The wonder of it deepens when we remember what the world of men is like. The Bible, for all its unconquerable optimism, never gives us a rosy view of man. It is the writer of our text who tells us that the whole world “lieth in the evil one.” Like a precious vessel sunk in a foul stream, it is submerged under a tide of evil. And this is not only the view of the disciple, it is the view of our blessed Lord Himself—”the prince of this world cometh, and hath nothing in me.” I could understand God loving the world of nature where the sunshine is sleeping on the lake. If the human heart is drawn to hill and meadow, how much more the infinite heart in heaven. But that that heart, knowing every secret, should love the teeming millions of mankind lies on the utmost verge of the incredible. It only becomes credible in Christ. It is a dream but for the Incarnation. Unless God gave His only begotten Son, worldwide love goes whistling down the wind. It was because this writer had learned, from personal contacts, the universality of the unspeakable Gift that he awoke to the worldwide love of God.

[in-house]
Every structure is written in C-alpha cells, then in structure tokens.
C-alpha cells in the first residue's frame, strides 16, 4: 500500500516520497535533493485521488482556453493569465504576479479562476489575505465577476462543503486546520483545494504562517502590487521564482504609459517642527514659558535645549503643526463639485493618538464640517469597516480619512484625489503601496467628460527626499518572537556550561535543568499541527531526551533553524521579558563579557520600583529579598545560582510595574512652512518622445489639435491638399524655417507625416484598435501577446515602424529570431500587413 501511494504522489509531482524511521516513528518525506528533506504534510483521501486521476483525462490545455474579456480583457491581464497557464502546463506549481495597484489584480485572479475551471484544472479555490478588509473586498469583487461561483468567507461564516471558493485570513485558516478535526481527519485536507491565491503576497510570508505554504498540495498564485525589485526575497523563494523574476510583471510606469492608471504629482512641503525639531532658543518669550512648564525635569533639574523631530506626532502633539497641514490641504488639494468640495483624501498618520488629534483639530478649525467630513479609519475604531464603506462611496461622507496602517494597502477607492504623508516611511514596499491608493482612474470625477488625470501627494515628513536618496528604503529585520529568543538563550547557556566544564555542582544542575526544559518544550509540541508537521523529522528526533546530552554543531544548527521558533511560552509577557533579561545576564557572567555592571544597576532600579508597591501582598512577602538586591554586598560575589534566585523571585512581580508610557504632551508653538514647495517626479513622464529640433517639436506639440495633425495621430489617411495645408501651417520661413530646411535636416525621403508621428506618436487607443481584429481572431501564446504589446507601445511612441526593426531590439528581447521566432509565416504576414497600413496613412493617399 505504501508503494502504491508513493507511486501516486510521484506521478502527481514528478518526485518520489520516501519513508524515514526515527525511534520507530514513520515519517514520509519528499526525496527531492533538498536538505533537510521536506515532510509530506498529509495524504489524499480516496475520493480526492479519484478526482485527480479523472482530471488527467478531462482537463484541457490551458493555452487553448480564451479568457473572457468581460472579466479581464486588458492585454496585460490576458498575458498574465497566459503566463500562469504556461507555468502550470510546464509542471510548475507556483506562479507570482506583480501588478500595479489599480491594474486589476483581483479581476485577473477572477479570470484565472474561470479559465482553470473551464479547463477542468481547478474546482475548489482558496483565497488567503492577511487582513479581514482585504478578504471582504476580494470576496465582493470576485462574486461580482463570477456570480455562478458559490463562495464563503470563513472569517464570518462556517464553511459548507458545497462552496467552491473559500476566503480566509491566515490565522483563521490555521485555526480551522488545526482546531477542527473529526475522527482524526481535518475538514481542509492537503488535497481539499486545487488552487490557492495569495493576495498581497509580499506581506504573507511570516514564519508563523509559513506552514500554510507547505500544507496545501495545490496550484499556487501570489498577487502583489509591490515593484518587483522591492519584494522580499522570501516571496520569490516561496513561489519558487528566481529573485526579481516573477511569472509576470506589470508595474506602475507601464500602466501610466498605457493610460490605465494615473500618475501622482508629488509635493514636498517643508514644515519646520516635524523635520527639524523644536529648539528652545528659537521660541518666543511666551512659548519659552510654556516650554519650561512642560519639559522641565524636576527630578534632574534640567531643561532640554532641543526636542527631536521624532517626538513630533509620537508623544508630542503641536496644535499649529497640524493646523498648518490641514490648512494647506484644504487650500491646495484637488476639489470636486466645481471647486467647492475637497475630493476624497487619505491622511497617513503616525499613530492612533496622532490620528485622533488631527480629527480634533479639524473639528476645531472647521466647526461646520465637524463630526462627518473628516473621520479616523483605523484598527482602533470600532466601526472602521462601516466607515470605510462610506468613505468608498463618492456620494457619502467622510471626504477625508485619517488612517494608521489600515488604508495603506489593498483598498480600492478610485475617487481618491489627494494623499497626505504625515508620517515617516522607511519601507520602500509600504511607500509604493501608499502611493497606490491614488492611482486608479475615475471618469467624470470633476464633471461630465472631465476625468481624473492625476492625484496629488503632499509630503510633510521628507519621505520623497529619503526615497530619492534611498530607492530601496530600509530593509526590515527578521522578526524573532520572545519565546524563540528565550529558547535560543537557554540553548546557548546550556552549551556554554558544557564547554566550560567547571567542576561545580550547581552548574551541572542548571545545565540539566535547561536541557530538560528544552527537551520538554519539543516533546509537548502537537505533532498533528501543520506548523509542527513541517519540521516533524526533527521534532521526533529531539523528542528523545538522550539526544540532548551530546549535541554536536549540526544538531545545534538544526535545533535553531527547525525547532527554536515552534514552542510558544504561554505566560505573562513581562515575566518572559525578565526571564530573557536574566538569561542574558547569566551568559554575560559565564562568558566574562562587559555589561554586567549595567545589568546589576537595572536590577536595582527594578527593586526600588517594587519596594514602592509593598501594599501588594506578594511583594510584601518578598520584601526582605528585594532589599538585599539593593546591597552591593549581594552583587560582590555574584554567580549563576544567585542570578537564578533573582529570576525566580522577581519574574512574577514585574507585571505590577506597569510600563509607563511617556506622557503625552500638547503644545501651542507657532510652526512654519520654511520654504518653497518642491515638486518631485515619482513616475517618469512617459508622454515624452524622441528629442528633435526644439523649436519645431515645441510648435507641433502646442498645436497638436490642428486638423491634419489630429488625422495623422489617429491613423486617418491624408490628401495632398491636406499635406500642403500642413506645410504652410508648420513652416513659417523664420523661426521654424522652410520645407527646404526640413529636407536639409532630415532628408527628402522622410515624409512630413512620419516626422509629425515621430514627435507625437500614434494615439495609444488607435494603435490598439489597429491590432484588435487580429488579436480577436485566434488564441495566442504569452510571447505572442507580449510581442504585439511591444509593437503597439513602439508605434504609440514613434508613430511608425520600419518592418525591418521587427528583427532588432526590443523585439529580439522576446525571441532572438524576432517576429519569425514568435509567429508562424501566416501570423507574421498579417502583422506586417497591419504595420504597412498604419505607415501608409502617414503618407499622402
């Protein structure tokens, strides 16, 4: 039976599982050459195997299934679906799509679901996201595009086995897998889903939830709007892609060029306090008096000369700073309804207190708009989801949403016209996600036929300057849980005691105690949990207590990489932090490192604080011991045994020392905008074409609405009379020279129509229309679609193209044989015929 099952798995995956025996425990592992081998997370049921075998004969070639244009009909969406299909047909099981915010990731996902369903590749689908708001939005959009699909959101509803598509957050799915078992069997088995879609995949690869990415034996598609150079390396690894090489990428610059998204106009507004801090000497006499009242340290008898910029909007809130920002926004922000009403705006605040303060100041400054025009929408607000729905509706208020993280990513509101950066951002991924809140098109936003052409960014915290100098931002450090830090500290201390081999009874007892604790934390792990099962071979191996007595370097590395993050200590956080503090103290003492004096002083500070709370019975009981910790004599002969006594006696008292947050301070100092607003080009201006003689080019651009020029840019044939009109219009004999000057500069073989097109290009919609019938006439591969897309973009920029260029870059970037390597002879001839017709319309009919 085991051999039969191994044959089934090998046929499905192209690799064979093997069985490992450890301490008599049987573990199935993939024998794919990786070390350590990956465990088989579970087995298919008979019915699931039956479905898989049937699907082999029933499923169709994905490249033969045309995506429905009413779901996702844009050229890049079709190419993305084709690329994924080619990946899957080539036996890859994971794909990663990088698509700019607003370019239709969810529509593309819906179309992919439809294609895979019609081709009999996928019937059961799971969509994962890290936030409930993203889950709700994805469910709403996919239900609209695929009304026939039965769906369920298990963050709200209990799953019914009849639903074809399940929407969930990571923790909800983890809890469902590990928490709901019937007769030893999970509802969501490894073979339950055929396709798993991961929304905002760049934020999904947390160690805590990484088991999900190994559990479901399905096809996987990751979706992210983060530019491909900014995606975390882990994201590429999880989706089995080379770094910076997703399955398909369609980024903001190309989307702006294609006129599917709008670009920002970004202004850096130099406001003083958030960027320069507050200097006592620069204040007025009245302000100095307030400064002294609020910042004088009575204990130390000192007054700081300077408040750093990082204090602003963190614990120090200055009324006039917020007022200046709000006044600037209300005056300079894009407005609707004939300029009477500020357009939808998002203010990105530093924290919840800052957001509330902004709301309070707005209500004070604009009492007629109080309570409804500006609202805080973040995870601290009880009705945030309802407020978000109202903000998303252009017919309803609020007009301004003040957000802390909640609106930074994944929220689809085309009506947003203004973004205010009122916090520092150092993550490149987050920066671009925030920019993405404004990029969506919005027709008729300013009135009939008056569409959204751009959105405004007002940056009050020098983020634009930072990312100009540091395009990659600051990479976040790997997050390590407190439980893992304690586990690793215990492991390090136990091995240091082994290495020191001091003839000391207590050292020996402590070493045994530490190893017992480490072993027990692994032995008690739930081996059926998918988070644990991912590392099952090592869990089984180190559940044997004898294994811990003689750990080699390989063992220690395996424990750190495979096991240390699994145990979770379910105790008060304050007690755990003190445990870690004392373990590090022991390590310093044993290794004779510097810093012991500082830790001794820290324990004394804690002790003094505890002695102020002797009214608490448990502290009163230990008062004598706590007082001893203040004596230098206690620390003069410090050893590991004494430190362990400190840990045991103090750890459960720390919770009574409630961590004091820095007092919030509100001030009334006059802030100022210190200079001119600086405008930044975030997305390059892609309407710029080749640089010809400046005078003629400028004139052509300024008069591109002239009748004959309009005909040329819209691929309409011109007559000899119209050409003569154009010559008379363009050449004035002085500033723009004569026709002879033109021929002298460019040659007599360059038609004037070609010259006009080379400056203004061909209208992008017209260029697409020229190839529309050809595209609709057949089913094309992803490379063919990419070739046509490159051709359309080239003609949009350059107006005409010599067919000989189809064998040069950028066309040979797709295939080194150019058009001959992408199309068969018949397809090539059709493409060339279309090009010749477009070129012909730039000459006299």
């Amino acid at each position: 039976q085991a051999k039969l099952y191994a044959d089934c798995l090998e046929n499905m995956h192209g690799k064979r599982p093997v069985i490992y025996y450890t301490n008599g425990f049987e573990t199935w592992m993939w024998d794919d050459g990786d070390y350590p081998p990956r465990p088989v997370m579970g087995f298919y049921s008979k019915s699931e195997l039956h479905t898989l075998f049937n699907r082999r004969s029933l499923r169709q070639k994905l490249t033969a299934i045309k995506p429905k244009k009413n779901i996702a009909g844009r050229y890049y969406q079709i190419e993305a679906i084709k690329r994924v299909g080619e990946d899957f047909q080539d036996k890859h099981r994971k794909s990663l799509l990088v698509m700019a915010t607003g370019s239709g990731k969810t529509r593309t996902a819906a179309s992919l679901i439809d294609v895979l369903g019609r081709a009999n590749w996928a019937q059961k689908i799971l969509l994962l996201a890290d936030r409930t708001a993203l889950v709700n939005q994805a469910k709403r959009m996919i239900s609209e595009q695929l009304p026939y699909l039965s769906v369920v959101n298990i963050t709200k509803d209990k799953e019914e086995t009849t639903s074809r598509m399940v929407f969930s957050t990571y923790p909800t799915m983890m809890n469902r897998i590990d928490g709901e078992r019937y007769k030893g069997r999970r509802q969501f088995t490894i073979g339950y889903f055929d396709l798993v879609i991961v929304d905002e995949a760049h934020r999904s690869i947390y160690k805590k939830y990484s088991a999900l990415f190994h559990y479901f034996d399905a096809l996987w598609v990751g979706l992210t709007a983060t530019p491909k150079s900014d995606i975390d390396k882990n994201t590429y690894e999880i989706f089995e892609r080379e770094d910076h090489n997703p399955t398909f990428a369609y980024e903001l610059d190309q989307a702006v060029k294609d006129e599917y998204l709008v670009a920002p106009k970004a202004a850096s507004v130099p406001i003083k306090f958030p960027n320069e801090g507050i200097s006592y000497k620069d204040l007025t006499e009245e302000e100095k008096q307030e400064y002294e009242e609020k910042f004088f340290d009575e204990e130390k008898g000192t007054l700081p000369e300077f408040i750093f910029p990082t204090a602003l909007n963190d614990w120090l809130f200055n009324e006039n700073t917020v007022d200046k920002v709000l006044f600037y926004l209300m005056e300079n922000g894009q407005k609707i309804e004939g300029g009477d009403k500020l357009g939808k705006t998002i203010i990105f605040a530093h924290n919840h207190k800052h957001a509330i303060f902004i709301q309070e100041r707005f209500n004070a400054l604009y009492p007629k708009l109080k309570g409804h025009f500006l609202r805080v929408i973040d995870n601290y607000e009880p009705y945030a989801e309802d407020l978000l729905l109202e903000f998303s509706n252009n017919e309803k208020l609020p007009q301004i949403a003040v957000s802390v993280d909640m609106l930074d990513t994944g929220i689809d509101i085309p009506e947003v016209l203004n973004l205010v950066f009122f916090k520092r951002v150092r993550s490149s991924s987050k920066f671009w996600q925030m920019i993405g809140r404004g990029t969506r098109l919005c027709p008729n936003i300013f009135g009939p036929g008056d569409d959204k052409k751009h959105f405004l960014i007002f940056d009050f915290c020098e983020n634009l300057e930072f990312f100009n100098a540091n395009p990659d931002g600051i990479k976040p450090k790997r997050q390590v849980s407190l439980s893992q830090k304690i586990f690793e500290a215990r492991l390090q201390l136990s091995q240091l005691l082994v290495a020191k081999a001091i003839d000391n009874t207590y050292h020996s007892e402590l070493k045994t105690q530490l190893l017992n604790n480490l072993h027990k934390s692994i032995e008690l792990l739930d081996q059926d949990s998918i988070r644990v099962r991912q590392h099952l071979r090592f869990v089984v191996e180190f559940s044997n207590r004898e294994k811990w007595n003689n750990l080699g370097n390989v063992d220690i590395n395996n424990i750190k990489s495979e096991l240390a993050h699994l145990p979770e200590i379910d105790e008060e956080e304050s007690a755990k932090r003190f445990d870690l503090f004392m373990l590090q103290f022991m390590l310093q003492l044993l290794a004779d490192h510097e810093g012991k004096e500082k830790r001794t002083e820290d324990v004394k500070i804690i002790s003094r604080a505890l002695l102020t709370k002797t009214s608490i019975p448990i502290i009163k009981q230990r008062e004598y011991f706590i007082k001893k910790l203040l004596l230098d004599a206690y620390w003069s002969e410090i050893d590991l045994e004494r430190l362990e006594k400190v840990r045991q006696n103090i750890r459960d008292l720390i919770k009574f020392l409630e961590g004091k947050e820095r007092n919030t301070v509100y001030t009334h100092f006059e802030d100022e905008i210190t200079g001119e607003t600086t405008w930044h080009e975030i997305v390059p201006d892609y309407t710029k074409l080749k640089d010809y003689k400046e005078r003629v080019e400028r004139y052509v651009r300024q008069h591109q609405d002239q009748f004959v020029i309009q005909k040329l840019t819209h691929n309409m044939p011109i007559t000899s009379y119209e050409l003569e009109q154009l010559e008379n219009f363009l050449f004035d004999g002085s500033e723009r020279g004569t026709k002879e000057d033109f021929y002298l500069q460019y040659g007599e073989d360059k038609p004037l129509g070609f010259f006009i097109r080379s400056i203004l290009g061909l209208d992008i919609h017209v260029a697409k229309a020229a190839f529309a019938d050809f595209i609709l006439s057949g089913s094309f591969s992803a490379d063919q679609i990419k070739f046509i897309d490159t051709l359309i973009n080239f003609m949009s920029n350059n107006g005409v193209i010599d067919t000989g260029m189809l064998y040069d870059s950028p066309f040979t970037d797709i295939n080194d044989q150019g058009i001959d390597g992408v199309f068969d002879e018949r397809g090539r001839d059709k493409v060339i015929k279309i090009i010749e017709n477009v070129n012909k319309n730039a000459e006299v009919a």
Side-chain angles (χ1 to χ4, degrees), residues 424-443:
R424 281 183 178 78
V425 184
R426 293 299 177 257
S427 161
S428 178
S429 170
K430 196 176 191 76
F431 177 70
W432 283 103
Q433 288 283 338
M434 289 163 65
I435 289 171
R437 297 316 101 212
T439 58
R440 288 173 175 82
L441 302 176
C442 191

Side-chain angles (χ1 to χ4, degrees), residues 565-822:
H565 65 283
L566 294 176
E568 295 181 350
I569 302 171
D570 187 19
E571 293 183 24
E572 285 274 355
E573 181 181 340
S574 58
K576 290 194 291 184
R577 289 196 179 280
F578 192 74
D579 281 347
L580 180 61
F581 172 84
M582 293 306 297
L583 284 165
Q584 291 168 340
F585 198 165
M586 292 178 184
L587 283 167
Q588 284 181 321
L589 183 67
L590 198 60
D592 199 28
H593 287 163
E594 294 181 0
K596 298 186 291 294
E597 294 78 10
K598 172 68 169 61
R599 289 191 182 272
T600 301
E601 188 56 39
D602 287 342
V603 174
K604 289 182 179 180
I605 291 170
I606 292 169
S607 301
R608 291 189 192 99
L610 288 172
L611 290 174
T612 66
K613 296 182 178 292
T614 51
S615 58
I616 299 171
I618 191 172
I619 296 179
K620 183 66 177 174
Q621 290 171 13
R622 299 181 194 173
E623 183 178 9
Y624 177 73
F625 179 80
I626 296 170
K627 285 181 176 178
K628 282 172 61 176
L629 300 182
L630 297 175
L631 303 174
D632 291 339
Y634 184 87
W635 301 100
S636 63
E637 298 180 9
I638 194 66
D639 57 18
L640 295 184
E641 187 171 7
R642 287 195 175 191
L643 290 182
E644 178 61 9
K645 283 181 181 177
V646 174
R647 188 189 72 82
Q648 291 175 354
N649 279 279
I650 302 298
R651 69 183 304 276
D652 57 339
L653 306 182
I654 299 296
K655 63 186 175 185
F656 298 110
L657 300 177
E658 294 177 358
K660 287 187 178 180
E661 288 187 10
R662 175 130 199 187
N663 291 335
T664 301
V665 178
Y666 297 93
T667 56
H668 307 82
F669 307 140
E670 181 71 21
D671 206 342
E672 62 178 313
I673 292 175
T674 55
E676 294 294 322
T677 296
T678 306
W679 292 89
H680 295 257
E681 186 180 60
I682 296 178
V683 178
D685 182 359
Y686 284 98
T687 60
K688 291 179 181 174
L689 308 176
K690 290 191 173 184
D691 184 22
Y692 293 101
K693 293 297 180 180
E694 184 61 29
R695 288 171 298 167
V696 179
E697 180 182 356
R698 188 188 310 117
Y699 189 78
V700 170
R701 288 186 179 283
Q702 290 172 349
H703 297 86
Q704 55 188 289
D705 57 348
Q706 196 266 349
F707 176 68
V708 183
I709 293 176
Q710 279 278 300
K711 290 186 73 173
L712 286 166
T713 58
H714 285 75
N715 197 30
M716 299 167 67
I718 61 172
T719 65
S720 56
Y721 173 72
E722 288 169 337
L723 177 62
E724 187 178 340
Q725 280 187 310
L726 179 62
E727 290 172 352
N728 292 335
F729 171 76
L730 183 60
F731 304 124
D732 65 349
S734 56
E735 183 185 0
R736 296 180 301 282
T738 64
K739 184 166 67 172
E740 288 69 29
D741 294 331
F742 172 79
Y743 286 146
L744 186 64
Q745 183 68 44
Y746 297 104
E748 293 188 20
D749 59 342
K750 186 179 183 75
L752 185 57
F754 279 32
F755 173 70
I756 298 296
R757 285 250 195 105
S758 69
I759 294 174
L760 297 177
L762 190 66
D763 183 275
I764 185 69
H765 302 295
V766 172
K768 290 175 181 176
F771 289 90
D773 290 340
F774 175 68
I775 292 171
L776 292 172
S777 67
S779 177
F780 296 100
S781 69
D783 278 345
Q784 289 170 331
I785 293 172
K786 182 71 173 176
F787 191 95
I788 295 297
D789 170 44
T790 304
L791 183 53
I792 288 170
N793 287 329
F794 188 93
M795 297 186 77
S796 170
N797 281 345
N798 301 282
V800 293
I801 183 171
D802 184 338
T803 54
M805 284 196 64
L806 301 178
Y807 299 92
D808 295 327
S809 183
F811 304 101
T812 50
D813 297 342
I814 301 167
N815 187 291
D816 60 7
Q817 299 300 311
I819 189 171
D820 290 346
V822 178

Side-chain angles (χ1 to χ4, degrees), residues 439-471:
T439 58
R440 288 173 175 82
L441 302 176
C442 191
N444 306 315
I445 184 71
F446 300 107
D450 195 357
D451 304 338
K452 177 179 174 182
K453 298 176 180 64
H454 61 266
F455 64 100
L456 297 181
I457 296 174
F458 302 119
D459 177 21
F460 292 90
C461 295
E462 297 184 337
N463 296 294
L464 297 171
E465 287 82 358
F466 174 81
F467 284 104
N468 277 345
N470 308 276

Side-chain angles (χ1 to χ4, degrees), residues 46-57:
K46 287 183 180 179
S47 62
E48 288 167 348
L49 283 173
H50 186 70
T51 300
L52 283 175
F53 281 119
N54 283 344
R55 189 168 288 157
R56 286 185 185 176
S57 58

God’s Love for the Church